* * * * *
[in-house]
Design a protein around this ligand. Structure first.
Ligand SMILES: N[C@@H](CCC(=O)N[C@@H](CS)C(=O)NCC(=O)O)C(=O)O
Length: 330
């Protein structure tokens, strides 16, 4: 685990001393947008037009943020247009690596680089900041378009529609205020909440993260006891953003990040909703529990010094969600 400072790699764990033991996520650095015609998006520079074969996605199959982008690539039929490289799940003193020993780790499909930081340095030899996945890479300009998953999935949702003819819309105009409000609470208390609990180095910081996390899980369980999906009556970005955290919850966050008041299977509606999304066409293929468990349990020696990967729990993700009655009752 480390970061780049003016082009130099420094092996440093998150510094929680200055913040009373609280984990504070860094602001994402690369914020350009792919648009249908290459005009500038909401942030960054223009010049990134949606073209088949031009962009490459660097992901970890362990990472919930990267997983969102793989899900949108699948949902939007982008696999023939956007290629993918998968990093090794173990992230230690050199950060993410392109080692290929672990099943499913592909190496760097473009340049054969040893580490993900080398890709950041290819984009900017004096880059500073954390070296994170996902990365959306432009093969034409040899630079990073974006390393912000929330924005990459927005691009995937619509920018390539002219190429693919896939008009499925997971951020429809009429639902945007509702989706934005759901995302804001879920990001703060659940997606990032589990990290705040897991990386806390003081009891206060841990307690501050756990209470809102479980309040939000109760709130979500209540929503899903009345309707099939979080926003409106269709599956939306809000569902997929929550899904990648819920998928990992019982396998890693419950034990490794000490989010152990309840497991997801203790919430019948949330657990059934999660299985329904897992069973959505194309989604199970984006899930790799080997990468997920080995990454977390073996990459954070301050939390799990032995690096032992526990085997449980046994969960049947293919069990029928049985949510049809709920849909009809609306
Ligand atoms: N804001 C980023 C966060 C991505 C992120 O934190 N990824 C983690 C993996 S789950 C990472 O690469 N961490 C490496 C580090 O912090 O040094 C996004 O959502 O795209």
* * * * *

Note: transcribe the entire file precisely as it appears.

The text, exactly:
[in-house]
Design a protein around this ligand. Structure first.
Ligand SMILES: N[C@@H](CCC(=O)N[C@@H](CS)C(=O)NCC(=O)O)C(=O)O
Length: 330
């Protein structure tokens, strides 16, 4: 685990001393947008037009943020247009690596680089900041378009529609205020909440993260006891953003990040909703529990010094969600 400072790699764990033991996520650095015609998006520079074969996605199959982008690539039929490289799940003193020993780790499909930081340095030899996945890479300009998953999935949702003819819309105009409000609470208390609990180095910081996390899980369980999906009556970005955290919850966050008041299977509606999304066409293929468990349990020696990967729990993700009655009752 480390970061780049003016082009130099420094092996440093998150510094929680200055913040009373609280984990504070860094602001994402690369914020350009792919648009249908290459005009500038909401942030960054223009010049990134949606073209088949031009962009490459660097992901970890362990990472919930990267997983969102793989899900949108699948949902939007982008696999023939956007290629993918998968990093090794173990992230230690050199950060993410392109080692290929672990099943499913592909190496760097473009340049054969040893580490993900080398890709950041290819984009900017004096880059500073954390070296994170996902990365959306432009093969034409040899630079990073974006390393912000929330924005990459927005691009995937619509920018390539002219190429693919896939008009499925997971951020429809009429639902945007509702989706934005759901995302804001879920990001703060659940997606990032589990990290705040897991990386806390003081009891206060841990307690501050756990209470809102479980309040939000109760709130979500209540929503899903009345309707099939979080926003409106269709599956939306809000569902997929929550899904990648819920998928990992019982396998890693419950034990490794000490989010152990309840497991997801203790919430019948949330657990059934999660299985329904897992069973959505194309989604199970984006899930790799080997990468997920080995990454977390073996990459954070301050939390799990032995690096032992526990085997449980046994969960049947293919069990029928049985949510049809709920849909009809609306
Ligand atoms: N804001 C980023 C966060 C991505 C992120 O934190 N990824 C983690 C993996 S789950 C990472 O690469 N961490 C490496 C580090 O912090 O040094 C996004 O959502 O795209």